Sign and Symptoms
At the initial stage, Klatskin tumor is asymptomatic. But progression of the malignancy cause following symptoms:
- Abdominal pain
- Unexpected loss of weight
- General malaise
- Itchy skin (pruritus)
- Jaundice is in advance stage. After the onset of jaundice, the included symptoms are yellowish skin color, stools color changed to clay in color, as because of bile juice is responsible for normal stool coloration, dark yellow colored urine.
The metastasis of the Klatskin tumor can extend up to localized lymph nodes and from there malignancy can spread to pancreatic head, common hepatic artery, and portal vein6.
The following are the different diagnostic tools use for Klatskin tumor diagnosis.
Laboratory test results provide following abnormalities, which indicates Klatskin tumor presence
- Considerable tumor marker for Klatskin tumor is Serum carbohydrate antigen (CA) 19-9. This marker is glycoprotein in nature and found to be high in blood serum of the affected individual.
- Elevated levels of conjugated bilirubin, alkaline phosphate (ALP) and gamma-glutamyl transpeptidase (GGT) are also observed7.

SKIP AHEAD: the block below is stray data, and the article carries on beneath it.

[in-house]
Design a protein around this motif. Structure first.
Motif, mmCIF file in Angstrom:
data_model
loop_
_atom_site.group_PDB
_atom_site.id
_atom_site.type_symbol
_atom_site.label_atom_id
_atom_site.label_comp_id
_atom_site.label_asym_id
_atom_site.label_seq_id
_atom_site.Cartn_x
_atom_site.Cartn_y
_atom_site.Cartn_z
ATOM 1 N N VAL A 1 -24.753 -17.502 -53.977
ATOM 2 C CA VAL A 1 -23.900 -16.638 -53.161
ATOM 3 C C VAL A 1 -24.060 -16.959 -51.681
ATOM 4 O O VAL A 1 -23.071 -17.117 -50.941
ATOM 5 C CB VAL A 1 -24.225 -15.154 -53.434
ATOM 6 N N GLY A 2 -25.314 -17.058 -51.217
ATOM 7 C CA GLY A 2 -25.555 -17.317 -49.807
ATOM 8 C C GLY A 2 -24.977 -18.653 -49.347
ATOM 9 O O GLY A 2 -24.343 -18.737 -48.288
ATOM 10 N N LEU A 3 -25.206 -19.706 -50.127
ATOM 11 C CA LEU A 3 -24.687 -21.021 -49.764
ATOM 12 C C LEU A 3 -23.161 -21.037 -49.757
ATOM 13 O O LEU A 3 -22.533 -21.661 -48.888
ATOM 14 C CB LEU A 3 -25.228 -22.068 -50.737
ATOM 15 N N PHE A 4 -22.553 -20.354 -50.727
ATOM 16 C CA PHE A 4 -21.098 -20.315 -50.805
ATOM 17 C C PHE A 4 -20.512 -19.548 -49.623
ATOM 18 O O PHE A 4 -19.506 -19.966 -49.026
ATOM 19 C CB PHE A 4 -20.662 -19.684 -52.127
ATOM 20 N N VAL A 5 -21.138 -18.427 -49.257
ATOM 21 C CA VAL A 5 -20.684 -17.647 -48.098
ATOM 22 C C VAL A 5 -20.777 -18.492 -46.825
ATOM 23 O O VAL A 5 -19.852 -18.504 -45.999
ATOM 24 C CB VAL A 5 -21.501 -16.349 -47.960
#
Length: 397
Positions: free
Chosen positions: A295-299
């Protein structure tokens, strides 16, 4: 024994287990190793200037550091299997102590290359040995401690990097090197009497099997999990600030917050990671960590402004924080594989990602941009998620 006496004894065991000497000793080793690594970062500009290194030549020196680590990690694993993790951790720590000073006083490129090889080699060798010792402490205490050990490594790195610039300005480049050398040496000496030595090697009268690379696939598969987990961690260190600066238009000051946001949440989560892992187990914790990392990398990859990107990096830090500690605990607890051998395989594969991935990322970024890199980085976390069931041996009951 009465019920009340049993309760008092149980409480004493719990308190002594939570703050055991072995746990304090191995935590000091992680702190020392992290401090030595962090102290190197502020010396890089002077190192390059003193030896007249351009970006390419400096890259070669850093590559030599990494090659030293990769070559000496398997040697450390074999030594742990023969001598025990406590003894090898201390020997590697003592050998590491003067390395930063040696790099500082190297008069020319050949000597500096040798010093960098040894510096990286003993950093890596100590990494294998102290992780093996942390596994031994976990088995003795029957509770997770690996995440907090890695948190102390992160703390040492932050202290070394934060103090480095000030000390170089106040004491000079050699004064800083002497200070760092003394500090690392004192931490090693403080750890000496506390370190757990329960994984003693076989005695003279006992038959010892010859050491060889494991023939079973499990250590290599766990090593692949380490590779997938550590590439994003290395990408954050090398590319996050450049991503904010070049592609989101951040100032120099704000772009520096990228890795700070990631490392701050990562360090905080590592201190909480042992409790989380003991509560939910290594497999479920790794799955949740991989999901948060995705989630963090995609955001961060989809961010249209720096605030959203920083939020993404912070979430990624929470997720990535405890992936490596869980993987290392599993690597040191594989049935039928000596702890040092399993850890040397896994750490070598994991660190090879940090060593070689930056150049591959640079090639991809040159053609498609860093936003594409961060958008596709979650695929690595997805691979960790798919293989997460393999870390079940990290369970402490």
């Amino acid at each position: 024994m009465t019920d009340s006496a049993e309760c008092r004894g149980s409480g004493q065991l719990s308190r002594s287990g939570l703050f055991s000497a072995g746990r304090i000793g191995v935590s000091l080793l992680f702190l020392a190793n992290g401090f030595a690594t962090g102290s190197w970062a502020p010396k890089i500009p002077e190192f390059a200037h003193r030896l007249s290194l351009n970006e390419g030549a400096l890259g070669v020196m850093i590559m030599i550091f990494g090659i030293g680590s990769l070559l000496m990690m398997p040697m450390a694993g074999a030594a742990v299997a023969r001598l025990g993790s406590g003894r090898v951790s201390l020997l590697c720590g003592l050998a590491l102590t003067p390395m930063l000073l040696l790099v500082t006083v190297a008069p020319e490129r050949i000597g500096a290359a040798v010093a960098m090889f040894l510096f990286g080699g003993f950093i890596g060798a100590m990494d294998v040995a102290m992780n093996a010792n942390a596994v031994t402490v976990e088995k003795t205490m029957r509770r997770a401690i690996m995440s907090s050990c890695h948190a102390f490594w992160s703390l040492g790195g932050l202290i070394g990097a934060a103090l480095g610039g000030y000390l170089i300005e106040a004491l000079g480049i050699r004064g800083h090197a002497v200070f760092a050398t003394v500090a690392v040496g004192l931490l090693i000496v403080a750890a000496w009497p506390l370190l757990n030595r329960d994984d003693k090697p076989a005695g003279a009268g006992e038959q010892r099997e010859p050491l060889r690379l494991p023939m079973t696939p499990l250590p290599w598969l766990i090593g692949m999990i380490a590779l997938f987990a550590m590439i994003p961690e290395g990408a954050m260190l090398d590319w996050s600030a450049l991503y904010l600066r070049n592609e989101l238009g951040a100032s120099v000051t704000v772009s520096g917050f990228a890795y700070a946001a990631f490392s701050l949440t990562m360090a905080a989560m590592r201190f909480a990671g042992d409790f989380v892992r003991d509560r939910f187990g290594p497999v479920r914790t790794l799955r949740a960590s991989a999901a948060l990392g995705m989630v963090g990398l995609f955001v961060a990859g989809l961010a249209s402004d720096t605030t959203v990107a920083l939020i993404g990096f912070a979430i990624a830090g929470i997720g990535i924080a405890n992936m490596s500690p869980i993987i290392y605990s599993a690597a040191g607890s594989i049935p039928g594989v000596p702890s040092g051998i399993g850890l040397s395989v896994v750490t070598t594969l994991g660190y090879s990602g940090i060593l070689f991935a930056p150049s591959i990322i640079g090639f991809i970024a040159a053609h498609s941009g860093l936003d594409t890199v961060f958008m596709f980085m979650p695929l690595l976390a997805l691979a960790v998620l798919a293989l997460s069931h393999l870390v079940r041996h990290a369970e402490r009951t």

- Ultrasound examination of the whole abdomen can provide some specific features of Klatskin tumor, which provides the following findings
- Intrahepatic biliary ducts images showed dilation, though similar findings are not present in the extrahepatic duct
- Right and left hepatic ducts are not united
- Tiny, solid lumps are present at the hepatic hilus and those may locally spread to the liver.
- It is considered that if no abnormality finds in the pancreas, as well as no tumor growth also present in the pancreatic region then further high degree accurate diagnosis is required for the Klatskin tumor8.
Endoscopic retrograde cholangiopancreatography (ERCP) is used to conduct biopsy for a suspicious mass present in the bile duct7.
Helical computerized computed tomography (CT) with contrast enhancement imaging tool is used for envisaging the spreading of the metastasis6.
Treatment and Management
The main aims of the treatment for Klatskin Tumor are biliary blockage breakage, resection of the tumor. Early stage diagnosis has some options to provide curative treatment for the Klatskin Tumor, which include chemotherapy and radiotherapy, surgical resection of the tumor. But the success of this treatment maximum depends upon the stage of the disease and treatment acceptance of the patient, as all these treatments have several side effects. But these treatments methods are not much effective in an advanced stage of Klatskin tumor when metastasis spread into a wide area.